Compulsory Income Management and Indigenous Peoples — Exploring Counter Narratives Amidst Colonial Constructions of ‘Vulnerability’
Shelley Bielefeld, ‘Compulsory Income Management – Exploring Counter Narratives amidst Colonial Constructions of Vulnerability’ (2014) 36(4) Sydney Law Review 695-726.
32 Pages Posted: 11 Dec 2014
Date Written: December 10, 2014
This article explores counter narratives to the dominant colonial narrative about Indigenous welfare recipients classified as ‘vulnerable’ under the compulsory income management laws. The compulsory income management laws and policies were implemented initially in 2007 as part of the Northern Territory Intervention, and were modified to some degree in 2010 in what the government alleges to be a non-racially discriminatory manner. These laws were further entrenched and extended in June 2012 as part of the Stronger Futures legislative package. The laws have a particularly significant impact upon Indigenous welfare recipients in the Northern Territory and, increasingly, across some other Indigenous communities outside that jurisdiction. The government narrative about income management maintains that it is beneficial for those subject to it. However, there are other marginalised narratives that shed light upon the compulsory income management discourse. These suggest that law constructs, rather than merely describes, the vulnerability that the government claims to seek to redress via these laws.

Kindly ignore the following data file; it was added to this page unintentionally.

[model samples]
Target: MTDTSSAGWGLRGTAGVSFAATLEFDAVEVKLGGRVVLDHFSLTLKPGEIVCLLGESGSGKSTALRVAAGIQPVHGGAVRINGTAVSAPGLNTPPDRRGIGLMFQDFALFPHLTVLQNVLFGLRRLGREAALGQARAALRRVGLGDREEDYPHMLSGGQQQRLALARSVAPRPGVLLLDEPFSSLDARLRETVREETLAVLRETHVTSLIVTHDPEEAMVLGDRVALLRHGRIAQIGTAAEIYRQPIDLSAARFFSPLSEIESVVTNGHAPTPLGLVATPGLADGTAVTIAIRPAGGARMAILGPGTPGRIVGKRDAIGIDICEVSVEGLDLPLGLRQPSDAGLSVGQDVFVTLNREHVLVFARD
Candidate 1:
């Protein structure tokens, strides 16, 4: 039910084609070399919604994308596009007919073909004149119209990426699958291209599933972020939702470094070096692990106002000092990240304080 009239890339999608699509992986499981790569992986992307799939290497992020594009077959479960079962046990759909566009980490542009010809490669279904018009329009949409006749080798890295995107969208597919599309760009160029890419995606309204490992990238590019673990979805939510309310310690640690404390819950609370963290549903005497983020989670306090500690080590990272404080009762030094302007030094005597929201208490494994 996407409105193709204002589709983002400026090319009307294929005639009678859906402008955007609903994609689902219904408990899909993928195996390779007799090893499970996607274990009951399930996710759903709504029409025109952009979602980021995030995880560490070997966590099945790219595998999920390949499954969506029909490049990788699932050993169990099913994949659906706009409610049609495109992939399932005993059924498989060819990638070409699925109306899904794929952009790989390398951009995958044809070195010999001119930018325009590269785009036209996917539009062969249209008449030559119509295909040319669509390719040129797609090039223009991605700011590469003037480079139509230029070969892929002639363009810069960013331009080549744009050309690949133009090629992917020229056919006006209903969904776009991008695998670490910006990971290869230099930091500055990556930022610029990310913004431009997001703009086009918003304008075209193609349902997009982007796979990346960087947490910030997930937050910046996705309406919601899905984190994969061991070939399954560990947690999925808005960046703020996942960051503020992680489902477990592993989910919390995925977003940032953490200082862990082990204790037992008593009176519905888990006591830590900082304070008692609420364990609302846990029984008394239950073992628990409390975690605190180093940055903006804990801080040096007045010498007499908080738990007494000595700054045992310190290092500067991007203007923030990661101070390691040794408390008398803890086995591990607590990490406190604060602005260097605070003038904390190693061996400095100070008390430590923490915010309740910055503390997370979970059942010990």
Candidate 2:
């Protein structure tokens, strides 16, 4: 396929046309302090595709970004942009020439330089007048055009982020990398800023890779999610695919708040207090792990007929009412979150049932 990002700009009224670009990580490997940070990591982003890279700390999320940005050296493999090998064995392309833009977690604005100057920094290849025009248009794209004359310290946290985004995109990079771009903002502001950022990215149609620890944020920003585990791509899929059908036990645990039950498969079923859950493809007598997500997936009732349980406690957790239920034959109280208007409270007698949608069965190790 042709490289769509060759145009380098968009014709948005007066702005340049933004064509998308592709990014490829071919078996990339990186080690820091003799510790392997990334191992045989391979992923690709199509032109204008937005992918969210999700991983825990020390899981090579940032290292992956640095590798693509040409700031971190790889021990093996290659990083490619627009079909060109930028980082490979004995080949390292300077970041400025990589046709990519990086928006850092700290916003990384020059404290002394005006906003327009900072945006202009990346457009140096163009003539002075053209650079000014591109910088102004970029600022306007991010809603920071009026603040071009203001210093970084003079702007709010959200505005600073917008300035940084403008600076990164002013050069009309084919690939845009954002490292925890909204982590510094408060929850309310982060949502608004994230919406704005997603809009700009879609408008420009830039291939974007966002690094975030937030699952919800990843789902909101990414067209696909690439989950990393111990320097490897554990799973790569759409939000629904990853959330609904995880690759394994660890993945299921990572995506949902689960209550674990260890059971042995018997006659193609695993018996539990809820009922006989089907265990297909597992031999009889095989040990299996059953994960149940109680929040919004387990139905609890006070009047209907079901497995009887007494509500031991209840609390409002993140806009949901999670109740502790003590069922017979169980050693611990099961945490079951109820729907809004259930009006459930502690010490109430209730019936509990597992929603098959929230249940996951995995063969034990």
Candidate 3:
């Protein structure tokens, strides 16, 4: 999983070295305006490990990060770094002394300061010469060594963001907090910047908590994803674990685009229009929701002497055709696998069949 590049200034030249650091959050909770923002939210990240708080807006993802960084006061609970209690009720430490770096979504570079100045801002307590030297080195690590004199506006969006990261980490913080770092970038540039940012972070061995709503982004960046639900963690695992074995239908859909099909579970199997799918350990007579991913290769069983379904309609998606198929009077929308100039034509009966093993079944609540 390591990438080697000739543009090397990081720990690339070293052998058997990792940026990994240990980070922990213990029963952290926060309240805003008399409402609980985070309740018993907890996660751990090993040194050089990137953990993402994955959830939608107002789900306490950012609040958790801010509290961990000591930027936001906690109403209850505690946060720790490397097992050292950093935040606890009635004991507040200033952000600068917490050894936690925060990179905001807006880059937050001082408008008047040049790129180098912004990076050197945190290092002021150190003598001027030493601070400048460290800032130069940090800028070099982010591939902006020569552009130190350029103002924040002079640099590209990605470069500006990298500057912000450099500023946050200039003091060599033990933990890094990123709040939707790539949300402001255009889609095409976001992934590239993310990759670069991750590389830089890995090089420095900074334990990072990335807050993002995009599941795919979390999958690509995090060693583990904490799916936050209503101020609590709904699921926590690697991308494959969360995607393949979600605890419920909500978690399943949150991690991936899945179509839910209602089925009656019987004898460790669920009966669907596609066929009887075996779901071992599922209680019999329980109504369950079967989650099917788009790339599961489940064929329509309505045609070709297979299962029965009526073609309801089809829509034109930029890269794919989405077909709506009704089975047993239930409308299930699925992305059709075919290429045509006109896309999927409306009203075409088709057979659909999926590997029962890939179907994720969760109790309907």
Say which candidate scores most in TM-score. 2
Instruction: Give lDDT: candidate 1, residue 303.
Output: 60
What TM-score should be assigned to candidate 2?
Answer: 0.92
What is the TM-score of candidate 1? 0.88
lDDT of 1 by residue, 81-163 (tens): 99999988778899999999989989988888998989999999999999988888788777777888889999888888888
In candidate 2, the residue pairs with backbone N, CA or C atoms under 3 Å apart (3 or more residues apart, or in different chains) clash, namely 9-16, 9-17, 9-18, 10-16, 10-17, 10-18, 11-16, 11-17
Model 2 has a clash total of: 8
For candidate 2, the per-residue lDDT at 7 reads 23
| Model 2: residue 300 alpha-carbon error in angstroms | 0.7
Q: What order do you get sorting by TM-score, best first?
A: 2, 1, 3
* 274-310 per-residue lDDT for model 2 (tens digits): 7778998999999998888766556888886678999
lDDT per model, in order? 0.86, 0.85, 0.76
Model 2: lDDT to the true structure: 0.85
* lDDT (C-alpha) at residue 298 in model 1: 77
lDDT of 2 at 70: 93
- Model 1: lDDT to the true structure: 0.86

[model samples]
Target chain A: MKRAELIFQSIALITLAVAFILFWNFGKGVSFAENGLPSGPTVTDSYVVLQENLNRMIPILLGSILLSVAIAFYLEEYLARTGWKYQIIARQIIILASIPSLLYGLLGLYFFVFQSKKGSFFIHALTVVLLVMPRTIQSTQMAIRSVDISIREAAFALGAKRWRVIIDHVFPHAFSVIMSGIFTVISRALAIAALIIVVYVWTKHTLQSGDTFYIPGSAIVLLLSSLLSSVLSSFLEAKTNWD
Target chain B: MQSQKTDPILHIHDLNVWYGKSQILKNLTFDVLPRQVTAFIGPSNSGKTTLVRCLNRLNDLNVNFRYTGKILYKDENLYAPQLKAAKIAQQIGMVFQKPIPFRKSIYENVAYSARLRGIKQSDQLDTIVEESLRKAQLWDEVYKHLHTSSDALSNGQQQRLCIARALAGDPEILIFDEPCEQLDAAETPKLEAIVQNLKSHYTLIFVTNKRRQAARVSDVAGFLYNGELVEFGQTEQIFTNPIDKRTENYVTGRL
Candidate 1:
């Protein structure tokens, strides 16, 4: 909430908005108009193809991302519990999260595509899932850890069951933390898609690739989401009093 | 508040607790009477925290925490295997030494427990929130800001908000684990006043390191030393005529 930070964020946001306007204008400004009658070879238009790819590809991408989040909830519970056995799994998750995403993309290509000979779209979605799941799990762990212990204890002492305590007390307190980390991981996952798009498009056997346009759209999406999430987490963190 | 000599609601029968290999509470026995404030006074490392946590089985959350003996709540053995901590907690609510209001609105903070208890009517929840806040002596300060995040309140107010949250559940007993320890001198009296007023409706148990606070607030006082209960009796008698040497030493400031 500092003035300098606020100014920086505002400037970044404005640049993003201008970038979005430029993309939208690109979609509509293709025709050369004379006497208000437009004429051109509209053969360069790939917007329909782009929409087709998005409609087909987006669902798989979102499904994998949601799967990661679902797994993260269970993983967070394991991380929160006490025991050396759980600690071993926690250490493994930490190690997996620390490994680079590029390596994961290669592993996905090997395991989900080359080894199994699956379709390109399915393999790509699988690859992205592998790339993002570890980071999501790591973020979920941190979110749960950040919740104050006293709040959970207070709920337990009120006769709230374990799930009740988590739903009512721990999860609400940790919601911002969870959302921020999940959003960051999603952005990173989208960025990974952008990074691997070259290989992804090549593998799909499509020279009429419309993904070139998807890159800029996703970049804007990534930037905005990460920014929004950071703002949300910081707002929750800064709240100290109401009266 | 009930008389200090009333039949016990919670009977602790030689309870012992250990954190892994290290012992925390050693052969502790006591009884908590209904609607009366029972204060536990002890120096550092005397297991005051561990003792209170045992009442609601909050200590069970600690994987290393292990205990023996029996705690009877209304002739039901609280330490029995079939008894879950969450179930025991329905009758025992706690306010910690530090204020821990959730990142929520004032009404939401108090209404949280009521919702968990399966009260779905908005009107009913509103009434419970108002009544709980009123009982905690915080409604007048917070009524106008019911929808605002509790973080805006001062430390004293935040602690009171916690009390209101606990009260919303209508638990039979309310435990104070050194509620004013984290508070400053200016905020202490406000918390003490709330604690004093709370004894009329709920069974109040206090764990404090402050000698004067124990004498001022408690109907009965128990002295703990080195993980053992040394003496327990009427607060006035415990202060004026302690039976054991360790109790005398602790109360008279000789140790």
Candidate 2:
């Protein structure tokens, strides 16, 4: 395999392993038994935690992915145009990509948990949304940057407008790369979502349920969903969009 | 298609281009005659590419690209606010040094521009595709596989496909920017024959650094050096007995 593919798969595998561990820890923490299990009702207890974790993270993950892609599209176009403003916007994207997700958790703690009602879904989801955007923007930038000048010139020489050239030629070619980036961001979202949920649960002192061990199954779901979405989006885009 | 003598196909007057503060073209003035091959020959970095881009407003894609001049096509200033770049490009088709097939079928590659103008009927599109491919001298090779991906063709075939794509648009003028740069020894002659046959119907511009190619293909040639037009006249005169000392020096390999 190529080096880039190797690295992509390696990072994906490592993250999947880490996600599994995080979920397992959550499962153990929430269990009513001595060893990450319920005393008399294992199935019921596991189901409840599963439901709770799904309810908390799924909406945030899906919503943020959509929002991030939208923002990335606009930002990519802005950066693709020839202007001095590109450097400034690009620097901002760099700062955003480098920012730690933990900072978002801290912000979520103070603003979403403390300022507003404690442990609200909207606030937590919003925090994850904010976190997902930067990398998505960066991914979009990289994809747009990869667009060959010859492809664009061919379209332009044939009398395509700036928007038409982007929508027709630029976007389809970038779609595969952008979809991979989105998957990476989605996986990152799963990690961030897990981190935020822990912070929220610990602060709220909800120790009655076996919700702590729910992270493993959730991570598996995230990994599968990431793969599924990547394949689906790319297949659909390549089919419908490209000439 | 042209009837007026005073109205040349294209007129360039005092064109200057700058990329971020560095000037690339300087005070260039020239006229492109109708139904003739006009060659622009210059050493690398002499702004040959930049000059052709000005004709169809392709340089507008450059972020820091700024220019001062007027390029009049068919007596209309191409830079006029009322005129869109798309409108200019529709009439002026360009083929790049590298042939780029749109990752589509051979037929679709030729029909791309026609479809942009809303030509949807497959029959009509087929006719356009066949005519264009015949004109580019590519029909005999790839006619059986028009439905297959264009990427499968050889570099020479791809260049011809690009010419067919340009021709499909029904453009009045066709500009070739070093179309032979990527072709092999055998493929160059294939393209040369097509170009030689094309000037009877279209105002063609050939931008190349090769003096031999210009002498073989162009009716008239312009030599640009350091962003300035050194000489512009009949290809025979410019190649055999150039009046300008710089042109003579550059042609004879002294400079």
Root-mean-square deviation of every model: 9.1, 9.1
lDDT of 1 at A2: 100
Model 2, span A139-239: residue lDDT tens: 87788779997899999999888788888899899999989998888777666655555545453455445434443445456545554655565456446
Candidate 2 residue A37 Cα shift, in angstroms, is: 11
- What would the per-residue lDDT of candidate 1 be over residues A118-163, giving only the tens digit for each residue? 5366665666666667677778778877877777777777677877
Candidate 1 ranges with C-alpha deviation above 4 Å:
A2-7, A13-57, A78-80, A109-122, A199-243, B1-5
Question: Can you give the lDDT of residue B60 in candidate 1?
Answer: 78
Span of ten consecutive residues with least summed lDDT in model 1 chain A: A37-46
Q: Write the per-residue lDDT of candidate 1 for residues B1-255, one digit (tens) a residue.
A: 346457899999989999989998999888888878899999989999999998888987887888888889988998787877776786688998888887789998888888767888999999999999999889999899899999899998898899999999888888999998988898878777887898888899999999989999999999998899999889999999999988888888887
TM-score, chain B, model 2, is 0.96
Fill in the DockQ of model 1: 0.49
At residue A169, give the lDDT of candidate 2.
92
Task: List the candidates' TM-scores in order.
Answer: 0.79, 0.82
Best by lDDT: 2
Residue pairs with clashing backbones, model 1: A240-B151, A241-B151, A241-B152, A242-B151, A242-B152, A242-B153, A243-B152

Keywords: Indigenous peoples, income management, welfare reform, racial discrimination, vulnerable welfare payment recipients, exemptions, critical race theory, colonialism, procedural fairness, human rights, structural violence
JEL Classification: K30
Suggested Citation: Suggested Citation